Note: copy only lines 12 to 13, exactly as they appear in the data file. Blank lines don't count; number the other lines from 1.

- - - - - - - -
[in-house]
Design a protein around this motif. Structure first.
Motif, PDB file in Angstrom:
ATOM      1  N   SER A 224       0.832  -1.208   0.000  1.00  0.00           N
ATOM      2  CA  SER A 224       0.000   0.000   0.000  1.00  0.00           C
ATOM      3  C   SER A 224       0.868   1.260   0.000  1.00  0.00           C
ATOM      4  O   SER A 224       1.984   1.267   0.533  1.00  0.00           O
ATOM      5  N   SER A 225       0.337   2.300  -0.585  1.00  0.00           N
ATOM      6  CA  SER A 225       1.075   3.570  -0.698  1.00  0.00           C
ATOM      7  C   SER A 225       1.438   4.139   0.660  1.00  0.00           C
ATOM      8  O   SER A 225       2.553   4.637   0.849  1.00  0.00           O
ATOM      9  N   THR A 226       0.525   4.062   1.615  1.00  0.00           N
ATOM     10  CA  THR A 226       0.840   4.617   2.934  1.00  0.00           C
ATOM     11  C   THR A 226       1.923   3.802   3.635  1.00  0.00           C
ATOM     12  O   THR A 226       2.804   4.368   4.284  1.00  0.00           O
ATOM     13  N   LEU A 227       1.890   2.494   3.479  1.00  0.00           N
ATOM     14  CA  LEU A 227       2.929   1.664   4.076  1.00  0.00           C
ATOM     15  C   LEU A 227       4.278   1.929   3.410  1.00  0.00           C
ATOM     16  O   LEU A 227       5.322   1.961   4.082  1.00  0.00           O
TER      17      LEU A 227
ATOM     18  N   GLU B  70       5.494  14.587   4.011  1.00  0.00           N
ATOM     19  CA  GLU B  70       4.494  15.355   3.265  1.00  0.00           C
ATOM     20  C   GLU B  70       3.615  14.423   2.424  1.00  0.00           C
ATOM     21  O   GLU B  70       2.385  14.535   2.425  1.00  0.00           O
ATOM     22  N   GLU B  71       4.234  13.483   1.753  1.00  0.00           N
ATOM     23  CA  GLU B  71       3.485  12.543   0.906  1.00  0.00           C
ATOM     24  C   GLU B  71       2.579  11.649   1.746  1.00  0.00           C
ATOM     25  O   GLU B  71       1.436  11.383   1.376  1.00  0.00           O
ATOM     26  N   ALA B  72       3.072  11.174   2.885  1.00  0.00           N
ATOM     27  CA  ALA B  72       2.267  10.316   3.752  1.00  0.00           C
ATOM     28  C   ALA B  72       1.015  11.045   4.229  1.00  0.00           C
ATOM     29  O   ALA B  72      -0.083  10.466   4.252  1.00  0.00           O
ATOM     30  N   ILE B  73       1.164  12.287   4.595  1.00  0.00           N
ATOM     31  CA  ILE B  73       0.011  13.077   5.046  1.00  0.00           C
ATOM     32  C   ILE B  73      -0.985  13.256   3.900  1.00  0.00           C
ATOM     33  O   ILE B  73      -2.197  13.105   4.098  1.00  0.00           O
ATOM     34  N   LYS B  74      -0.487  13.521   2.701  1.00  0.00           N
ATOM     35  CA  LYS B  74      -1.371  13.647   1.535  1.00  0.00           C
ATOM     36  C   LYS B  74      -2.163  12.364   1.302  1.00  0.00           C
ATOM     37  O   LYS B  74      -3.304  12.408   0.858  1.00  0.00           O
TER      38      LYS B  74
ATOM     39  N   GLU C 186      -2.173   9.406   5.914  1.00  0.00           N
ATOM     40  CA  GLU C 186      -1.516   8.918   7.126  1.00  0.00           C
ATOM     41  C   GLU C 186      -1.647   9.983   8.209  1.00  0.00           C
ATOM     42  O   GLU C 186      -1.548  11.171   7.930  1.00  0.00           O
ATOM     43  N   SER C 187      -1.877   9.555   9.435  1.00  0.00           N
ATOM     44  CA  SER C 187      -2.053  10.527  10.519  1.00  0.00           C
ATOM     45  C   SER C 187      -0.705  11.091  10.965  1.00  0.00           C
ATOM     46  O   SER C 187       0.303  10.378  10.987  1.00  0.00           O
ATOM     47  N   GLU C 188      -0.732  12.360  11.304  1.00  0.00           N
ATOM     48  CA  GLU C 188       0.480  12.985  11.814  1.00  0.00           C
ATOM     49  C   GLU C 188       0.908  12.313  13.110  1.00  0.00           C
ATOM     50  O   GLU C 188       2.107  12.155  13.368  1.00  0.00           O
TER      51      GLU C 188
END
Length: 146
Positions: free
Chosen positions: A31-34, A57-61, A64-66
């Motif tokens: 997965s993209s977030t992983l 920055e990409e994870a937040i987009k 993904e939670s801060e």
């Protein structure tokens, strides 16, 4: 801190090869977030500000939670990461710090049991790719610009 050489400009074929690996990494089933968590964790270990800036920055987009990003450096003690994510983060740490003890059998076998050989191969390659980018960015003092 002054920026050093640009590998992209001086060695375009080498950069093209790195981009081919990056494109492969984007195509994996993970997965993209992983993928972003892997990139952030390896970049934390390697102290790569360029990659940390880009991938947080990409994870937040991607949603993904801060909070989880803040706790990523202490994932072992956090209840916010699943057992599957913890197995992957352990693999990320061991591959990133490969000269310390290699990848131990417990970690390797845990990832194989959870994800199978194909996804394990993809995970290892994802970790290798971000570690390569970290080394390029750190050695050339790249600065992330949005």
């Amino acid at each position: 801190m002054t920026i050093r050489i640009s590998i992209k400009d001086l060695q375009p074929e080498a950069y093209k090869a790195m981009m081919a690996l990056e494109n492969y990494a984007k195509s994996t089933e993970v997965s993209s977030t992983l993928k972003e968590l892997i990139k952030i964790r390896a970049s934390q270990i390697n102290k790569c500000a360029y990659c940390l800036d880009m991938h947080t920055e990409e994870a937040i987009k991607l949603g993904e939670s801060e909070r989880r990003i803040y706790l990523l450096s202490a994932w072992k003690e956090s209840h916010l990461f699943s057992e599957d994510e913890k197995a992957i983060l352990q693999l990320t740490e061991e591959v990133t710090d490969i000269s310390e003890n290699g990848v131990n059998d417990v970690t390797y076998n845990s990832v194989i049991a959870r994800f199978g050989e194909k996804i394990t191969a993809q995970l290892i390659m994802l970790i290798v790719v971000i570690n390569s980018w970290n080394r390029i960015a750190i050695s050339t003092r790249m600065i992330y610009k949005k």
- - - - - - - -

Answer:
ATOM      9  N   THR A 226       0.525   4.062   1.615  1.00  0.00           N
ATOM     10  CA  THR A 226       0.840   4.617   2.934  1.00  0.00           C